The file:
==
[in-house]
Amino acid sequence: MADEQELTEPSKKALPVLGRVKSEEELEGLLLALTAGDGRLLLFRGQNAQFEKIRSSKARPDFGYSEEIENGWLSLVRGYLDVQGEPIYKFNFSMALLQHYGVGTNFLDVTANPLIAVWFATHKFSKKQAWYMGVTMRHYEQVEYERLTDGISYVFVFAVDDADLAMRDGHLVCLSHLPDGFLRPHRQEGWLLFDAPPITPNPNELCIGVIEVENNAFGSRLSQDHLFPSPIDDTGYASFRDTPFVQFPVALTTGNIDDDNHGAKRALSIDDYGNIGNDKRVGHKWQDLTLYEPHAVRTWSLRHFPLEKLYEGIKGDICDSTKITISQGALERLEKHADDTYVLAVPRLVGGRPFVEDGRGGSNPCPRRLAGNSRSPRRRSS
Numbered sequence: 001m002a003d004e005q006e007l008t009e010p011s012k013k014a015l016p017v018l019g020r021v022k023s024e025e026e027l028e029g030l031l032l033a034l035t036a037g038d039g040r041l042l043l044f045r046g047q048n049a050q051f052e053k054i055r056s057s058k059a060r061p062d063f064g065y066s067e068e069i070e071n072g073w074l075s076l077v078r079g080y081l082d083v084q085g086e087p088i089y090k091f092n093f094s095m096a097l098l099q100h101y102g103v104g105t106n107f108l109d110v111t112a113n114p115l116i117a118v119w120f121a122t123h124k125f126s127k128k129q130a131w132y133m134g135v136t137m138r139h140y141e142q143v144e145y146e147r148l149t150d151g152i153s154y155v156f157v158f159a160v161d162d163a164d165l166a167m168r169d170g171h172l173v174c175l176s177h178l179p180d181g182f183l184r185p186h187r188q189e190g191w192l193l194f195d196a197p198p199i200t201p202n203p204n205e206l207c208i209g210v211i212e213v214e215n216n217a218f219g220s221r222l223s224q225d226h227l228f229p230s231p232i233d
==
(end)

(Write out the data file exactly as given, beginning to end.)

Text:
[in-house]
Amino acid sequence: MADEQELTEPSKKALPVLGRVKSEEELEGLLLALTAGDGRLLLFRGQNAQFEKIRSSKARPDFGYSEEIENGWLSLVRGYLDVQGEPIYKFNFSMALLQHYGVGTNFLDVTANPLIAVWFATHKFSKKQAWYMGVTMRHYEQVEYERLTDGISYVFVFAVDDADLAMRDGHLVCLSHLPDGFLRPHRQEGWLLFDAPPITPNPNELCIGVIEVENNAFGSRLSQDHLFPSPIDDTGYASFRDTPFVQFPVALTTGNIDDDNHGAKRALSIDDYGNIGNDKRVGHKWQDLTLYEPHAVRTWSLRHFPLEKLYEGIKGDICDSTKITISQGALERLEKHADDTYVLAVPRLVGGRPFVEDGRGGSNPCPRRLAGNSRSPRRRSS
Numbered sequence: 001m002a003d004e005q006e007l008t009e010p011s012k013k014a015l016p017v018l019g020r021v022k023s024e025e026e027l028e029g030l031l032l033a034l035t036a037g038d039g040r041l042l043l044f045r046g047q048n049a050q051f052e053k054i055r056s057s058k059a060r061p062d063f064g065y066s067e068e069i070e071n072g073w074l075s076l077v078r079g080y081l082d083v084q085g086e087p088i089y090k091f092n093f094s095m096a097l098l099q100h101y102g103v104g105t106n107f108l109d110v111t112a113n114p115l116i117a118v119w120f121a122t123h124k125f126s127k128k129q130a131w132y133m134g135v136t137m138r139h140y141e142q143v144e145y146e147r148l149t150d151g152i153s154y155v156f157v158f159a160v161d162d163a164d165l166a167m168r169d170g171h172l173v174c175l176s177h178l179p180d181g182f183l184r185p186h187r188q189e190g191w192l193l194f195d196a197p198p199i200t201p202n203p204n205e206l207c208i209g210v211i212e213v214e215n216n217a218f219g220s221r222l223s224q225d226h227l228f229p230s231p232i233d